Universities producing ‘robbers’ in Uganda- Dr Vishal Mangalwadi

Saturday October 26 2019
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Uganda Christian University students celebrate during the university’s 20th graduation on October 25, 2015.PHOTO BY JESSICA SABANO

Ugandan universities are producing people who rob public funds, according to social reformer and Indian Christian philosopher Dr Vishal Mangalwadi.
"Degrees have given you opportunities to enter offices but you have become robbers," Dr Vishal who doubles as a political columnist, writer and lecturer told Uganda Christian (UCU) granduands during the university’s 20th graduation ceremony on Friday.
Dr Mangalwadi was giving his keynote address as the guest of honour at part four of the graduation ceremony.
UCU vice chancellor Dr John Senyonyi urged Ugandan youths to be careful amid rampant killings across the country.

"You are aware of the rampant killings in the country but also around the globe and most of the victims are young people of your age category. Some of these killings result from broken relationships, family feuds, financial and similar lifestyle conflicts and choices,” Dr Senyonyi said at the ceremony where a total of 1,156 students- 500 male and 656 female- were awarded in different disciplines including Bachelor of Mass communication, Bachelor of International Business, Bachelor of law, Bachelor of Business Administration, Master of divinity and others.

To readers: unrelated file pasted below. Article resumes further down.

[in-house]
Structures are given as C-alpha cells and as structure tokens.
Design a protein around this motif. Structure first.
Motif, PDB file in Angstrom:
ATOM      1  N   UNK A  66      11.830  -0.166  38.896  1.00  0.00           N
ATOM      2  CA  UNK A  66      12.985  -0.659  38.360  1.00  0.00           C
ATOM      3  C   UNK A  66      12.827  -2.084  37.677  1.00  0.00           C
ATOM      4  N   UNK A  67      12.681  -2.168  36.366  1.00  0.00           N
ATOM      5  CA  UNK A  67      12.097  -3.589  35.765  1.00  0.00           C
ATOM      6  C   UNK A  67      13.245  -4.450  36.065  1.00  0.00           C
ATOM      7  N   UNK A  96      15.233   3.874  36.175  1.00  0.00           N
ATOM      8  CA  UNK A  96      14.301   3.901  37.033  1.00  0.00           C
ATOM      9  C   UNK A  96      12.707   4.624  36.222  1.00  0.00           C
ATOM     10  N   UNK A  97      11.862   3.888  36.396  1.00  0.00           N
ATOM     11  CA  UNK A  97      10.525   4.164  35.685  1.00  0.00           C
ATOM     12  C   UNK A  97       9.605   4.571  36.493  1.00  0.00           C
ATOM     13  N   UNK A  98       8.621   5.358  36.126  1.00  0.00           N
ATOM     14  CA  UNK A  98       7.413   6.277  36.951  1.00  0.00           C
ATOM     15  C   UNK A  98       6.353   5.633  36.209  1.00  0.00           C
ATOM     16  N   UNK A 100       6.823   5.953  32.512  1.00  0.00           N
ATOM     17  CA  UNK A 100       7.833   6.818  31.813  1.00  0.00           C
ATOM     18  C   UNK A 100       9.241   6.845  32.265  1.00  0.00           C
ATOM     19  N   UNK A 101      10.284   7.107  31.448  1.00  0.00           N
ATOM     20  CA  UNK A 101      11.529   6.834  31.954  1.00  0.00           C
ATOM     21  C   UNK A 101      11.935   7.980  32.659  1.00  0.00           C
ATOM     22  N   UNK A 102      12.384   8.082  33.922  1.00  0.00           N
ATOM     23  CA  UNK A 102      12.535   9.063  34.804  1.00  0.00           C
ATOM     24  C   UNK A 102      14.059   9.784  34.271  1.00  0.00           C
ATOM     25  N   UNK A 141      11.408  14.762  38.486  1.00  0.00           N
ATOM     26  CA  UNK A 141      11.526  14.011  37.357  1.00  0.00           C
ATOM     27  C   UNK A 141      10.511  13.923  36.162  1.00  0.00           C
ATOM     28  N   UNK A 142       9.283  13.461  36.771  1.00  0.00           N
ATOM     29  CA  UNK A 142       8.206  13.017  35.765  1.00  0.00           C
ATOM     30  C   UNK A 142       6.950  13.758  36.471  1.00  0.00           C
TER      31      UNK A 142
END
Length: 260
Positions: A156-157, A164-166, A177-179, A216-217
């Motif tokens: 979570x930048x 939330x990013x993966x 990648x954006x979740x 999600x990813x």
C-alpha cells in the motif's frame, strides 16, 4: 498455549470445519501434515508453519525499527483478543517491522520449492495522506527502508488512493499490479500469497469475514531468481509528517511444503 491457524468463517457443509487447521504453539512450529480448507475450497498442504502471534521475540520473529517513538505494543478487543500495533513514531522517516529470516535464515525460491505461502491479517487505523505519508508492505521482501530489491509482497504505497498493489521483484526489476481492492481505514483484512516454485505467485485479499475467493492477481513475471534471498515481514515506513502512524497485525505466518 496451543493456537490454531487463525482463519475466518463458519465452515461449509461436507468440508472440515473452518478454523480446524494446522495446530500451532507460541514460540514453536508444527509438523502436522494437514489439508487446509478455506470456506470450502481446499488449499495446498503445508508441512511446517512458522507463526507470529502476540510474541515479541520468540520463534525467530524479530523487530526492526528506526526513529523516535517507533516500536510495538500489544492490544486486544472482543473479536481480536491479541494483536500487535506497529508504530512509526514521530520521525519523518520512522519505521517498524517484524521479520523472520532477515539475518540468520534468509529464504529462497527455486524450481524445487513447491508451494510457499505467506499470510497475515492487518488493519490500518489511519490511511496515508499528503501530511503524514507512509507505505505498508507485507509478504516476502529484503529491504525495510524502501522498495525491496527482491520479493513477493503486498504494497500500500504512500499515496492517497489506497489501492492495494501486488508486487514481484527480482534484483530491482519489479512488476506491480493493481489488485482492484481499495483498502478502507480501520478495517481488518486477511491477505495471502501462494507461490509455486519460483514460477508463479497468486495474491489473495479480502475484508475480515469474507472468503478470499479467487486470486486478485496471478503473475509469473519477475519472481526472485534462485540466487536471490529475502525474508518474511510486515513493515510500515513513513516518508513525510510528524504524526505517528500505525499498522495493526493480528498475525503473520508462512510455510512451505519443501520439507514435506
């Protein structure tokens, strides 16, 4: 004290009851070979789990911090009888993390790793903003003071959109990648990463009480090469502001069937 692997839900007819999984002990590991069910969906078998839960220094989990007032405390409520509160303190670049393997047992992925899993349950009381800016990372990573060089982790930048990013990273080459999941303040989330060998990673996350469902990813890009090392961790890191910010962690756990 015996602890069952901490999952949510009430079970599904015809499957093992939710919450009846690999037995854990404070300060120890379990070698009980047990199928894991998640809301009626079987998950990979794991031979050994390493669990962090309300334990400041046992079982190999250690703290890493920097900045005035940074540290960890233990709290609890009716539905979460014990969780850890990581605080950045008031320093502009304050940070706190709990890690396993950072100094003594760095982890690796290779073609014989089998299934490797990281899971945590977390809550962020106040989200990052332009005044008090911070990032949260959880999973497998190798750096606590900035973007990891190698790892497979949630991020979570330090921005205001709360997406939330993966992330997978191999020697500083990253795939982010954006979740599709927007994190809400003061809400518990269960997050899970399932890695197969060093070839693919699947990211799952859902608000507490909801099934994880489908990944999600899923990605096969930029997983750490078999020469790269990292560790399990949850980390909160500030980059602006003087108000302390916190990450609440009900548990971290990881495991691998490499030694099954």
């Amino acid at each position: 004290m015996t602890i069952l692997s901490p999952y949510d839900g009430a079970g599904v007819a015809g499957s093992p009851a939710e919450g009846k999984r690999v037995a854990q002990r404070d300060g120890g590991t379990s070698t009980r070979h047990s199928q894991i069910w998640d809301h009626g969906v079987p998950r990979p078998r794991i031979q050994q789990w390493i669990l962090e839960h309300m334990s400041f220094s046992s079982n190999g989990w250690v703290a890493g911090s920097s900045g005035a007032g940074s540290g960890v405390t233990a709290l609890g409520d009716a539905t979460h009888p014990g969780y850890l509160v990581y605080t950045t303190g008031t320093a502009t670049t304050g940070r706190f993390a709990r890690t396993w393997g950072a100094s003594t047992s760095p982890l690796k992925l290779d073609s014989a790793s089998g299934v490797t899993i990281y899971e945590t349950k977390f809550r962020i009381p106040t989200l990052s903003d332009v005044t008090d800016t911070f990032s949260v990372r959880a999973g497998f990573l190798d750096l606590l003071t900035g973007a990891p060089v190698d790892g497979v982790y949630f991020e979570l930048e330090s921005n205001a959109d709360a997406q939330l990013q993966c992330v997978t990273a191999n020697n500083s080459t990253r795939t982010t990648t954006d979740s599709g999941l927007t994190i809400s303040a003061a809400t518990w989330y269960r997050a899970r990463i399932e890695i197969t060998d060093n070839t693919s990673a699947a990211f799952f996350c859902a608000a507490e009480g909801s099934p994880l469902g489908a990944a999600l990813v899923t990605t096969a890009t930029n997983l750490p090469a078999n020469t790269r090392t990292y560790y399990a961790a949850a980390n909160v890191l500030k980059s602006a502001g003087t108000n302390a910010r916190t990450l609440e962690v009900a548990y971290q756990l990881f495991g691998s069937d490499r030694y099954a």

Among them, a total of 32 students graduated with first class degree.
The vice chancellor also cautioned them about human trafficking saying the perpetrators lure young people by promising better paying jobs abroad.

"Let not material acquisition define who you are," Dr Senyonyi said.
He said many young girls who have moved to the Middle East in particular in search for odd jobs (Kyekyo) have landed in the hands of wolves in sheep skin and therefore suffer after mistreatment.
The outgoing archbishop of Church of Uganda Rev. Stanley Ntagali said poor communities need graduands most and that it's these poor communities that support them in education but graduands tend to ignore and keep in towns without having any developments back home.
"The poor people and the deprived areas of our nations need you more," archbishop Ntagali said.

He said it is always socially and economically attractive for youth to work where they have access to amenities easily.

"I want to see your place in the larger development agenda of our country in which a university qualification means a more educated society, enhanced skills and better life,” archbishop Ntagali said.